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Curacao Travel Tips and Information

Curacao is one of the ABC islands that include Aruba and Bonaire off the coast of Venezuela. They have the reputation of lying outside of the hurricane path, but the truth is that they do face that possibility on rare occasion.

The island also is part of a group of five islands called the Netherlands Antilles, including Bonaire, Saba, St. Eustatius (or “Statia”) and St. Maarten (Dutch side).

The island is ranked 18th in total visits. Although more people visit the island by cruise than by stopover, the difference is smaller than the average island.

Curacao Sea Aquarium
The capital city of Willemsted was chosen a cultural heritage of the world by UNESCO. A walk through the city reveals historical places, monuments and architecture. Tours around the island include the HATO caves and other historical landmarks.

Atlantis Adventures has semi-submarine tours; Curacao Sea Aquarium has 400 species from the ocean around Curacao and offers dolphin encounters in the water with them; and the separate Dolphin Academy has programs allowing visitors to swim, snorkel or dive with the dolphins.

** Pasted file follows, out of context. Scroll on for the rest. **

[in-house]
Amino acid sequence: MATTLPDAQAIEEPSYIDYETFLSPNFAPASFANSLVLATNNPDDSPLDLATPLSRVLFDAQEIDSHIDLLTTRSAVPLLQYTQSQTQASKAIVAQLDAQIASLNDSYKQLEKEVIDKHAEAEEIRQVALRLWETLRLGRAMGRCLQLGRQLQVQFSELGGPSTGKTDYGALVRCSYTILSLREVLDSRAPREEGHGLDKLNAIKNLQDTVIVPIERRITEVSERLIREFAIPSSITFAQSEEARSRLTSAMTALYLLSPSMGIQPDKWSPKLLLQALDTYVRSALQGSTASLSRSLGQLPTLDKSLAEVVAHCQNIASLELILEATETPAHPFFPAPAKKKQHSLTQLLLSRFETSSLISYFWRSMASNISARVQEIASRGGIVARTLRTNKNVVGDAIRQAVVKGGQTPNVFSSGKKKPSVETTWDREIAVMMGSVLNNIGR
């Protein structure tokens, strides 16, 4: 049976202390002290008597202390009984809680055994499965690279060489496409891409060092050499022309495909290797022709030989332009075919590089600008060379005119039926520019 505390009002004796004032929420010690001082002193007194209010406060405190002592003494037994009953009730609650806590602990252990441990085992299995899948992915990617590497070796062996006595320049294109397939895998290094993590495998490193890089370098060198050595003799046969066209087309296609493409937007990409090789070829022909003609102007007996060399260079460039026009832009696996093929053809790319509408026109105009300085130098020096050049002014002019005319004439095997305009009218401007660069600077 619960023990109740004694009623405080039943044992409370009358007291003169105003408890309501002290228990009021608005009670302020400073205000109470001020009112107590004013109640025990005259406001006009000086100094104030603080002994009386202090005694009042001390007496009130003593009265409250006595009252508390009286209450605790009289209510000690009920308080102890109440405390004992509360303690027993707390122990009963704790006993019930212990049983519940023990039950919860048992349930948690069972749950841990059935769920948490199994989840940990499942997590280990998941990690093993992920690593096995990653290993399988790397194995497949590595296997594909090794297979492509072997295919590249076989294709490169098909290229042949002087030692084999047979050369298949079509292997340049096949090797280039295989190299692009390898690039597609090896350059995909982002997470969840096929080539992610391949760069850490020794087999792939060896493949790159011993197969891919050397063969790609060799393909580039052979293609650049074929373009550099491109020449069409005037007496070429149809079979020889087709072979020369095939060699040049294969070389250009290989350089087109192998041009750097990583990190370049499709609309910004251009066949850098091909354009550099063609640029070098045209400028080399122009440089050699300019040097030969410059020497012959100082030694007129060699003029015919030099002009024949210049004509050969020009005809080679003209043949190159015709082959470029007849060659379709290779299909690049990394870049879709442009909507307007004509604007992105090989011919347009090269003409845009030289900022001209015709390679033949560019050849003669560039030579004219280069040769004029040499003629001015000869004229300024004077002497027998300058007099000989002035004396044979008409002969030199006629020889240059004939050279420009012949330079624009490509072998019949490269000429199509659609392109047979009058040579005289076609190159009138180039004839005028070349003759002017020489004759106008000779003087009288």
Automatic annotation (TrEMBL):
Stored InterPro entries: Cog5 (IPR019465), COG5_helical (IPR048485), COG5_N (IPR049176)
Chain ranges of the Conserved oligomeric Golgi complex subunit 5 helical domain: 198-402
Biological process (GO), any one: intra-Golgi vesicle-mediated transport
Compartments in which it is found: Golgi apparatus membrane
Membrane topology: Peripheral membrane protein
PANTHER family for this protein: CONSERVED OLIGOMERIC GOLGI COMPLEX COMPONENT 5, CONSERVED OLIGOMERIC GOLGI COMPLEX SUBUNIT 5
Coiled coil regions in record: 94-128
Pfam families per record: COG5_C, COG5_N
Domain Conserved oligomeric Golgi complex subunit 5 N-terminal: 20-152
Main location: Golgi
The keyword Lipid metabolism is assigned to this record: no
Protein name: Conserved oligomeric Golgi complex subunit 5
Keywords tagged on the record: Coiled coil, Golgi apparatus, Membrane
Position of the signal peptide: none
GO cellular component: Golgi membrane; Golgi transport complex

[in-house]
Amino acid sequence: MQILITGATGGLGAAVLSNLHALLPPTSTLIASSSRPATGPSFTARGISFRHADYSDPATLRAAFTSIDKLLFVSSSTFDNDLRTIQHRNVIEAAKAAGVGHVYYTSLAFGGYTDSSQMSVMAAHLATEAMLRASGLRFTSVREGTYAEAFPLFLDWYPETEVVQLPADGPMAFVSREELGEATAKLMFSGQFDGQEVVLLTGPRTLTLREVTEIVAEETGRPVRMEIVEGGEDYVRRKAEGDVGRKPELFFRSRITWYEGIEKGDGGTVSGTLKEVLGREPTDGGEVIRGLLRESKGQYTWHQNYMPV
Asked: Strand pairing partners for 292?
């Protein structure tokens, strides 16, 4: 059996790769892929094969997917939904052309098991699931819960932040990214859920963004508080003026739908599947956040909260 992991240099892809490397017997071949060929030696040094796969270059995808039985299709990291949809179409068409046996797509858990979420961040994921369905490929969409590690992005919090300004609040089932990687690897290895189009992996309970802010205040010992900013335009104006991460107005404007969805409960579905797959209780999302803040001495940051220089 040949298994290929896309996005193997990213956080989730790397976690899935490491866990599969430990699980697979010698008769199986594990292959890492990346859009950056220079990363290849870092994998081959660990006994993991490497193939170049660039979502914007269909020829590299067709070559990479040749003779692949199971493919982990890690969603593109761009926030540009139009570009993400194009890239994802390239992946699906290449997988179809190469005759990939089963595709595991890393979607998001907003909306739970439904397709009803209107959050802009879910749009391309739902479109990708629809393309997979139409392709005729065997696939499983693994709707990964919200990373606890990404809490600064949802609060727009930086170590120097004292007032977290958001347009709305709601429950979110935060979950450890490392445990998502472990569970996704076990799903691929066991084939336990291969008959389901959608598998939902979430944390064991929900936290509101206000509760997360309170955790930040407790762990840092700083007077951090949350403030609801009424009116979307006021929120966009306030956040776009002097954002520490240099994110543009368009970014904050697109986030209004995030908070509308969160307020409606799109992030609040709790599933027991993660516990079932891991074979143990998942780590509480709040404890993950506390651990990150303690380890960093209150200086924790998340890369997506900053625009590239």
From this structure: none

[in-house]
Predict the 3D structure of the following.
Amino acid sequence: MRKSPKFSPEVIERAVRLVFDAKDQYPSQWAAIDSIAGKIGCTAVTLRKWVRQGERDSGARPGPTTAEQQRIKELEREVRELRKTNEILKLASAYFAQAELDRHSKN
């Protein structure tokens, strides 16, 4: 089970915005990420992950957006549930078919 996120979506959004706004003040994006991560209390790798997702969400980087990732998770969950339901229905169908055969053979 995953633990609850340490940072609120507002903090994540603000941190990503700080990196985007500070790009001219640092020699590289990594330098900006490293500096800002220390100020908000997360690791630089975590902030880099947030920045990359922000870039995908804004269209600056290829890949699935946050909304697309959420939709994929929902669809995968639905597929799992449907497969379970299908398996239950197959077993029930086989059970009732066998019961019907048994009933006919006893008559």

Tourism / When to Go

Stopover tourists require a passport if they are staying up to 30 days. Cruise visitors simply require their cruise ID card when leaving and returning to the ship.

CuraƧao is consistently popular each month with the most popular ones being December, March and April. The least popular months are September followed by, oddly enough, May.

The average temperature is about 81 degrees Fahrenheit. Although the climate type is tropical like all of the islands, it has the benefit of cooling northeast trade winds. The average annual rainfall is among the lowest in the Caribbean at 22 inches.

Currency / Tipping

Currency is Netherlands Antillean guilders, although U.S. currency and major credit cards are widely accepted. Tipping is usually 10 percent for restaurants and taxi drivers; hotels add a 12 percent service charge to bills. The hotel room tax is 7 percent.

Culture / Geography

The dominant language is Papiamento, a Spanish, Portuguese, Dutch and English dialect, although English is widely spoken. The economy depends on tourism, oil refining and offshore financing.

The terrain is mostly hilly with volcanic interiors. The light annual rainfall makes for sparse vegetation.

Sources / More information

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